The Dover Area School Board faces a $6.17 million deficit in the district's 2014-2015 budget and a variety of options for dealing with the issue.
The board could raise taxes above the 2.8 percent limit set by the state Department of Education, take money from its fund balance or reduce spending by cutting staff, salaries and programs.
For the next school year, the district's revenue is figured to be about $52.5 million, compared to about $58.7 million in expected expenditures, creating the $6.17 million deficit, said acting superintendent Jason Conway.
Budget talk: He did a budget presentation during Monday's school board meeting. The board is scheduled to adopt a final budget May 19.
In the meantime, the school board will have to decide whether to exceed the tax cap set by the state.
Raising taxes to the 2.8 percent cap would bring in an additional $754,390, but still leave the district with a sizeable deficit.
The district's current millage rate is 21.48 mills. An increase to the cap would raise the property tax rate to 22.08 mills, meaning an extra $90 in taxes for the owner of a $150,000 home.
But school districts can apply to the state for permission to exceed the tax cap if they face expenses beyond their control.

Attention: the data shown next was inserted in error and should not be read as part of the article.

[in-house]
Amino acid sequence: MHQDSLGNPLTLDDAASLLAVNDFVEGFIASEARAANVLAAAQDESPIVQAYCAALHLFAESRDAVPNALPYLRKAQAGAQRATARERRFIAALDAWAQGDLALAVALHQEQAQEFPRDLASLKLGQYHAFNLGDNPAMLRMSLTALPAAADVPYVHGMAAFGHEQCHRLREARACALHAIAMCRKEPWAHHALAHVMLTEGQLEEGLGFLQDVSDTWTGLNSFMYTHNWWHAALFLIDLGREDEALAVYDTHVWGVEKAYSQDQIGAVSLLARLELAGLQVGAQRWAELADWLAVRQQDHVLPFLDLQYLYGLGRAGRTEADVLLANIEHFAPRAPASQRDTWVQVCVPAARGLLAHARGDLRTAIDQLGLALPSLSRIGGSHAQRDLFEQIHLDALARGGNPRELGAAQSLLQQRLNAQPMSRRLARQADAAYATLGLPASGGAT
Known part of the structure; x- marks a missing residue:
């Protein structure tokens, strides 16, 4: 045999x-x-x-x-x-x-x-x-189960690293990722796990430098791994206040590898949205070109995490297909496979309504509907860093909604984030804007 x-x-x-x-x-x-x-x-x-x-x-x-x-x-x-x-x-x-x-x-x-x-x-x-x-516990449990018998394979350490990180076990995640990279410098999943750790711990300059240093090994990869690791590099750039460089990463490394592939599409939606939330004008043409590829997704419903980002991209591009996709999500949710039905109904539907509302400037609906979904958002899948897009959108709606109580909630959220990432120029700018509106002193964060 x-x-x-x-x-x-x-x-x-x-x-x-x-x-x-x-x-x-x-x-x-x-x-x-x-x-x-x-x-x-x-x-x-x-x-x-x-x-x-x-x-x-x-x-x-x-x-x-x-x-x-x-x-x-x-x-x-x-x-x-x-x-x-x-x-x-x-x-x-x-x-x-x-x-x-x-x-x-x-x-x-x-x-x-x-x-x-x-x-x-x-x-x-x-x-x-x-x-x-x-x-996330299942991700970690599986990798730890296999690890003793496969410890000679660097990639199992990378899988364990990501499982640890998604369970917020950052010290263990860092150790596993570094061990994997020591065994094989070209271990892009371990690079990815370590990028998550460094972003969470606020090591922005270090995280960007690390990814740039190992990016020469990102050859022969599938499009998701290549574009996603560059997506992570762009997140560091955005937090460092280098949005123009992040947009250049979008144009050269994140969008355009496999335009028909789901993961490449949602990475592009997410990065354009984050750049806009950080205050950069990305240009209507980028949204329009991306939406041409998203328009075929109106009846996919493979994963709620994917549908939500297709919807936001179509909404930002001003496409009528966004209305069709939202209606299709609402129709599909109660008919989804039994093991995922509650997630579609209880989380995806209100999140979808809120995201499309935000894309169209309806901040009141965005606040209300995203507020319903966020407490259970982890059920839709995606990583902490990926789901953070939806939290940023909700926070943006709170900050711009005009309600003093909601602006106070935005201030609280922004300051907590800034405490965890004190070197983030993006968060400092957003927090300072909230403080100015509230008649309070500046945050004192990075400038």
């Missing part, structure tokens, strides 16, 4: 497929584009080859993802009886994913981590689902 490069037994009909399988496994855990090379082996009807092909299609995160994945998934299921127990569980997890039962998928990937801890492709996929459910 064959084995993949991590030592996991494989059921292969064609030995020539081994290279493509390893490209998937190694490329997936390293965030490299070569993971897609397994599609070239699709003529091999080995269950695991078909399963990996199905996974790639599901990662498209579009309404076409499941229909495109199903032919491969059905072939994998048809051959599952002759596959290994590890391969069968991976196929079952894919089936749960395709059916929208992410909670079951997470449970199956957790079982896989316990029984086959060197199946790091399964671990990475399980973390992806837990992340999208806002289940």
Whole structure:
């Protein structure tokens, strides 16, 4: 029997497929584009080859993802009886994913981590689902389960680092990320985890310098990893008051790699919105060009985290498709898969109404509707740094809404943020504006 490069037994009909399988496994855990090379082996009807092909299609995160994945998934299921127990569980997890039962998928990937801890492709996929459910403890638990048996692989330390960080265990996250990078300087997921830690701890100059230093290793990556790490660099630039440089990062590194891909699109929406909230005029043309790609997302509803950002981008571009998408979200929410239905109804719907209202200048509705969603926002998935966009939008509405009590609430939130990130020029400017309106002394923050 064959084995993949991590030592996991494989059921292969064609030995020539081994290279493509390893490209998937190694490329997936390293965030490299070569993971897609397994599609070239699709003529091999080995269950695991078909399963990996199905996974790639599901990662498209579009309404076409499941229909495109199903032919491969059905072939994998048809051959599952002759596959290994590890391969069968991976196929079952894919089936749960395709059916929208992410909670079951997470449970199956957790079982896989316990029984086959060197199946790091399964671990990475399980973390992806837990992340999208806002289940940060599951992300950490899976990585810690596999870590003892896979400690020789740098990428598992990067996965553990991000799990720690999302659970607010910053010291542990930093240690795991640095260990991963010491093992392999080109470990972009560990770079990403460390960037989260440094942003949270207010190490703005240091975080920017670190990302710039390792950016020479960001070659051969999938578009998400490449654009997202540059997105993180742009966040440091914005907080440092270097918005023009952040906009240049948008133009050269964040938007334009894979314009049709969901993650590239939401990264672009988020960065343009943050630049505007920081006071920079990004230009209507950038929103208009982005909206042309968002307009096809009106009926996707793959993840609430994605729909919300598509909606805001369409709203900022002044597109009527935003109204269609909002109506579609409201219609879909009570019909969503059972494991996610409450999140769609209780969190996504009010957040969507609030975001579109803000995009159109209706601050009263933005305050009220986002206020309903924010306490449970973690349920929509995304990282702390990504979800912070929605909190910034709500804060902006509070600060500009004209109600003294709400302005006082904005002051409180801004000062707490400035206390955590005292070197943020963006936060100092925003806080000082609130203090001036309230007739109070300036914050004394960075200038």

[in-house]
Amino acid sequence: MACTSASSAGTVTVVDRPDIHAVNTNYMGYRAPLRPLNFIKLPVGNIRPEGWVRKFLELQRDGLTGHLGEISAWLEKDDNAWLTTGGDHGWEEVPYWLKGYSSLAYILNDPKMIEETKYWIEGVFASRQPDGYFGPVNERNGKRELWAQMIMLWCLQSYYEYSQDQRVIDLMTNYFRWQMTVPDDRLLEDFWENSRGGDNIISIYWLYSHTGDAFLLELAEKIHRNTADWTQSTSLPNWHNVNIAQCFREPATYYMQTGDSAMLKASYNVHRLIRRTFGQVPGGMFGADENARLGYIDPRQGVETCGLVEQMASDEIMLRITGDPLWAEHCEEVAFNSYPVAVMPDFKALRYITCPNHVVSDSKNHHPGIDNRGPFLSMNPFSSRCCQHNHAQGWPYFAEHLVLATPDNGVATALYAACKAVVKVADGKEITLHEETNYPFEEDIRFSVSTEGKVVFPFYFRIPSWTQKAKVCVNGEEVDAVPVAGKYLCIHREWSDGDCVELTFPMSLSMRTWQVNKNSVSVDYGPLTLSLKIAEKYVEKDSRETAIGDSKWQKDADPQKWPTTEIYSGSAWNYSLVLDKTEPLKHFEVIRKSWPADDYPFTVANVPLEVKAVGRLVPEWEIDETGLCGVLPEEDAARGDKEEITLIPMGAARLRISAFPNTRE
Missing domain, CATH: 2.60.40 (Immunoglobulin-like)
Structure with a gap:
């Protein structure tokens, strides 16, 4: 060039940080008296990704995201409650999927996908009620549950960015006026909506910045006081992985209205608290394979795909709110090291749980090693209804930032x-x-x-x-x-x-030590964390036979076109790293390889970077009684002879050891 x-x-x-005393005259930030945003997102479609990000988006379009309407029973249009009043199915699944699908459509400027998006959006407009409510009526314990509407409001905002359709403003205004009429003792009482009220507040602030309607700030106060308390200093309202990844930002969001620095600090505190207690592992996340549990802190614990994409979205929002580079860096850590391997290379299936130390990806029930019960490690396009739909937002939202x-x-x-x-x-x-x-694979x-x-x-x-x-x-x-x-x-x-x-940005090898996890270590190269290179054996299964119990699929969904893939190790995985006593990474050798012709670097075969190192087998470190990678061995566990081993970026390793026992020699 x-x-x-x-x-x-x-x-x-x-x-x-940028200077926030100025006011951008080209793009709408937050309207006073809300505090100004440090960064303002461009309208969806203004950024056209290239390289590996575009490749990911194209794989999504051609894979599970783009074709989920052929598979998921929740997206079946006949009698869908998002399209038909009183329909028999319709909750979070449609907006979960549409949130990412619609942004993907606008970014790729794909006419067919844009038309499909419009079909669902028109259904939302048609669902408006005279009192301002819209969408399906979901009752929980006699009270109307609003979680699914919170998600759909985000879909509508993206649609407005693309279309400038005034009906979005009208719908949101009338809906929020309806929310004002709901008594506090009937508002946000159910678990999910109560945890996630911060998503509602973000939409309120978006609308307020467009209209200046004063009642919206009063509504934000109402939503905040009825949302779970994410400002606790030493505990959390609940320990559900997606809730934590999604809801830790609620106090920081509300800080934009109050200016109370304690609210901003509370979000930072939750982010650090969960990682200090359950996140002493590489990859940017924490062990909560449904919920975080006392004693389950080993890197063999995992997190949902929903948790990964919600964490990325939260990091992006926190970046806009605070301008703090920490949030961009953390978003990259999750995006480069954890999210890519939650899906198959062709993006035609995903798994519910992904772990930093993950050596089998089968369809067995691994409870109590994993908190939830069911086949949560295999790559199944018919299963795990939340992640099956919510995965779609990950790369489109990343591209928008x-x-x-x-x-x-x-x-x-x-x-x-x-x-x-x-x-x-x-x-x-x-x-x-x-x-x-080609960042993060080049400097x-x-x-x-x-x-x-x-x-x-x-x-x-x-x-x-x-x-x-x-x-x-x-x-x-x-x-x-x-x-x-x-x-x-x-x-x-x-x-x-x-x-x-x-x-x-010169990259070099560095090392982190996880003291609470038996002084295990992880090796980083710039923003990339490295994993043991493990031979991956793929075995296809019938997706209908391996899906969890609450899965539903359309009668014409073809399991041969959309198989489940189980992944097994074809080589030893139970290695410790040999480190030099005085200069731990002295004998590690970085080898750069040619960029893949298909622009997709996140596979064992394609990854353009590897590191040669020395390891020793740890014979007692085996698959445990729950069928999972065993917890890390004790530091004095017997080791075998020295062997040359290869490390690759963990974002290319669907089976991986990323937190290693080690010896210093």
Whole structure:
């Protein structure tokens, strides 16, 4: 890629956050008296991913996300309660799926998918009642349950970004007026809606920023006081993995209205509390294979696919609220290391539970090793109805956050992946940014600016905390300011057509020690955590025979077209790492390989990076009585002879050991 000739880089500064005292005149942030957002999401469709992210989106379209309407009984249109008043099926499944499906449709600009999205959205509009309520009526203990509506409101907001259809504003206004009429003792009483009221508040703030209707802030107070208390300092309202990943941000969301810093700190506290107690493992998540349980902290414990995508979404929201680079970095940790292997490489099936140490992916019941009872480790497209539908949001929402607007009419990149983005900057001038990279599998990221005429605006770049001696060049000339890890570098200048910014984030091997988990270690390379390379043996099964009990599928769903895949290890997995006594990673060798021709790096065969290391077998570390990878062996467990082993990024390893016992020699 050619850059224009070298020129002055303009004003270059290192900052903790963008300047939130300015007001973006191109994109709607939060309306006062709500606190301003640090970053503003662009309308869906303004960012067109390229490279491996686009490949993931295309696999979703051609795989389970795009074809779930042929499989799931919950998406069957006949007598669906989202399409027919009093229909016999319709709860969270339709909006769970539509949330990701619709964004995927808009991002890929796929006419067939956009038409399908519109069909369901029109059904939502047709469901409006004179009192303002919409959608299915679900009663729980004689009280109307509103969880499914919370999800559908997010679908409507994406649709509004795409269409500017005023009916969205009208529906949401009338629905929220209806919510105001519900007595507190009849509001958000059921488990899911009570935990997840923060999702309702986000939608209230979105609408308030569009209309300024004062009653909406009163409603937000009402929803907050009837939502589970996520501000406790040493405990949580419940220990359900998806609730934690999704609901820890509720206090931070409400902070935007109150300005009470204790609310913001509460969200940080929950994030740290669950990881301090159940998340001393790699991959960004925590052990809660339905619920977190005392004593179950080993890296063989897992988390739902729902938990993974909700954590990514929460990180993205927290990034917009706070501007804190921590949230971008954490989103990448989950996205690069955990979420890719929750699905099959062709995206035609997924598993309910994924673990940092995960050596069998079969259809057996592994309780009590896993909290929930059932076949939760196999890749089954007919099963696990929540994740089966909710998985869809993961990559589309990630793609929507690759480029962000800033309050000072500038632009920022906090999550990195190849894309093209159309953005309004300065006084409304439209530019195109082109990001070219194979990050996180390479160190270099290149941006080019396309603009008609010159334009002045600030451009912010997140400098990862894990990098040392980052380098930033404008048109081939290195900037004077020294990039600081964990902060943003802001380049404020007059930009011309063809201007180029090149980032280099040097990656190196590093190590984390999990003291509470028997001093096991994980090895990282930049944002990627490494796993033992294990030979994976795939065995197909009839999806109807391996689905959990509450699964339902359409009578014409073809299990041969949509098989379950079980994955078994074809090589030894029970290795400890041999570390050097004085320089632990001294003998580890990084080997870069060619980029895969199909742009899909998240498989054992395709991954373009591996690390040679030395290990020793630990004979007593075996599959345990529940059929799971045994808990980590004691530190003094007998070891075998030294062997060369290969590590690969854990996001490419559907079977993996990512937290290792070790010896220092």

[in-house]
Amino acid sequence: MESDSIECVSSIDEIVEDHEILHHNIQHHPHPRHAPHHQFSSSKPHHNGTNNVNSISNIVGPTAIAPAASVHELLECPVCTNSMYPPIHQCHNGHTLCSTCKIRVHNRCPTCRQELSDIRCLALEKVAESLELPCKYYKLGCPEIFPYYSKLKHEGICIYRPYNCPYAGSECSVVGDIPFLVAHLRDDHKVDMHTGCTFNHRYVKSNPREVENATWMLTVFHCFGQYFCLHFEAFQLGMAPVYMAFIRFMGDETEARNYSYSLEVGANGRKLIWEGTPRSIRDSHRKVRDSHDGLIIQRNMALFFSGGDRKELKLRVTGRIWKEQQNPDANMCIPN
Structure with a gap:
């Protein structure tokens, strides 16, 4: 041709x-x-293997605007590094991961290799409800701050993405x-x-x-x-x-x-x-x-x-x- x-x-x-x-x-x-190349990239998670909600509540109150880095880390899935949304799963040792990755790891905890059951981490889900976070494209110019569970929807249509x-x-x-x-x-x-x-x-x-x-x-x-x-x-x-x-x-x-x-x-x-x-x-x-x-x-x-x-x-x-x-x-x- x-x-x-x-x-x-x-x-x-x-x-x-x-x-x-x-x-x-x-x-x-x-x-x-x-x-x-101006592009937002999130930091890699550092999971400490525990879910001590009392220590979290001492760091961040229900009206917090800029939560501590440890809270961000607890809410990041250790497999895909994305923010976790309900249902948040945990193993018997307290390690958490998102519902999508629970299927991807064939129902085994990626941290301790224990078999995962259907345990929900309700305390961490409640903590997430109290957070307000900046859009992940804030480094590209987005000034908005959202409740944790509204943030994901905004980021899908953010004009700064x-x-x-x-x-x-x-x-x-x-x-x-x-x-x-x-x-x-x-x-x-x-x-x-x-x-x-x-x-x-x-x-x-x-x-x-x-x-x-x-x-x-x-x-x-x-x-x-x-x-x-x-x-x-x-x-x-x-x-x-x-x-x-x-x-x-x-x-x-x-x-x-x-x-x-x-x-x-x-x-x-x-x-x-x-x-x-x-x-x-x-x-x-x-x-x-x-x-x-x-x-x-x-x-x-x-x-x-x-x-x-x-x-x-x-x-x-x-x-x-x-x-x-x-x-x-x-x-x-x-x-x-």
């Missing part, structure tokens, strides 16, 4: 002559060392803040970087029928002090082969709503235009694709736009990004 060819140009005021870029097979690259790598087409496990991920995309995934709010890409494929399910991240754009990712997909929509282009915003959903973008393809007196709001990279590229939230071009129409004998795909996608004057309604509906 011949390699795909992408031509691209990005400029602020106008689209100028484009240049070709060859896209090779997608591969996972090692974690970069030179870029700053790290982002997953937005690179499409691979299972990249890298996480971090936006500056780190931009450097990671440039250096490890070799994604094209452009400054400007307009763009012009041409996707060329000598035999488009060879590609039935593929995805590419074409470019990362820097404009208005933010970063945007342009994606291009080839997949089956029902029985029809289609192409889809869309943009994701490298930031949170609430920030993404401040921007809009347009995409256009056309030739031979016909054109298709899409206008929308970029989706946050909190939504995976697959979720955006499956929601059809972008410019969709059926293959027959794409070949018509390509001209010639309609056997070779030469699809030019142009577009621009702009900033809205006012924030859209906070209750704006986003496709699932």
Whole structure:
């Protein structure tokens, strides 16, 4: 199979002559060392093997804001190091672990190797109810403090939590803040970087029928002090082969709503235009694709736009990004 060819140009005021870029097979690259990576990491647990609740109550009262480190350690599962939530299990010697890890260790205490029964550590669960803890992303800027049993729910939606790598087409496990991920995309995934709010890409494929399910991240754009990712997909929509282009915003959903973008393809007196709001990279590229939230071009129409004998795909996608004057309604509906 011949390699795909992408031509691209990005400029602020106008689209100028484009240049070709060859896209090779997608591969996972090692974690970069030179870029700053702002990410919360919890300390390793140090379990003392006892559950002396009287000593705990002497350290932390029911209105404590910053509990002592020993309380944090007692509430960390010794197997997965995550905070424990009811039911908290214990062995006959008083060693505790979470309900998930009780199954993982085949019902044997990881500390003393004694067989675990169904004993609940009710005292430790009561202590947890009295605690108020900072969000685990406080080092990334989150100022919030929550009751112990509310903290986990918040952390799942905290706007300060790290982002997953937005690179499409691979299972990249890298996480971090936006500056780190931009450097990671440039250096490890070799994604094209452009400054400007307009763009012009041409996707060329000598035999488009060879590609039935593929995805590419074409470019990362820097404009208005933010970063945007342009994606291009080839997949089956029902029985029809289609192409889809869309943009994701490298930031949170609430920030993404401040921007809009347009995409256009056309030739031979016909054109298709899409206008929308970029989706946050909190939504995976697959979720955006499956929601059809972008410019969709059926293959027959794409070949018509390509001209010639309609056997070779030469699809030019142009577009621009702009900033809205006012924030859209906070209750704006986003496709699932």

Rising costs: Conway said the district's financial woes stem from $4.35 million in increased expenses in the areas of salaries, benefits, transportation costs, special education and retirement contributions.
For example, retirement contributions will increase more than $986,000, going from $3.55 million this academic year to $4.52 million for 2014-15; and insurance costs are expected to rise from more than $4.9 million this year to just over $6.08 million next school year.
Also, salary costs will reach the $22 million mark next school year, an increase of more than $403,000, Conway said.
While explaining that the school board has the option to make reductions to save money, Conway said that the administration already operates at a "very frugal and very bare bones" level.
Keeping up: As its third option, the board could use the fund balance that consists of $3.8 million in unassigned funds and close to $6.8 million in committed funds, which includes money for PSERS, debt service, health care and technology.
However, using money from either of those funds would hinder the district's efforts to keep up with current and future financial obligations, Conway said.
Board member Julie Ann Emig said if the board forgoes raising taxes for the 2014-15 year, the district will not be able to recoup those dollars to help the district meet future obligations.
"I don't like raising taxes," she said. "But I don't want the district to go bankrupt either."
--Reach Eyana Adah McMillan at email@example.com.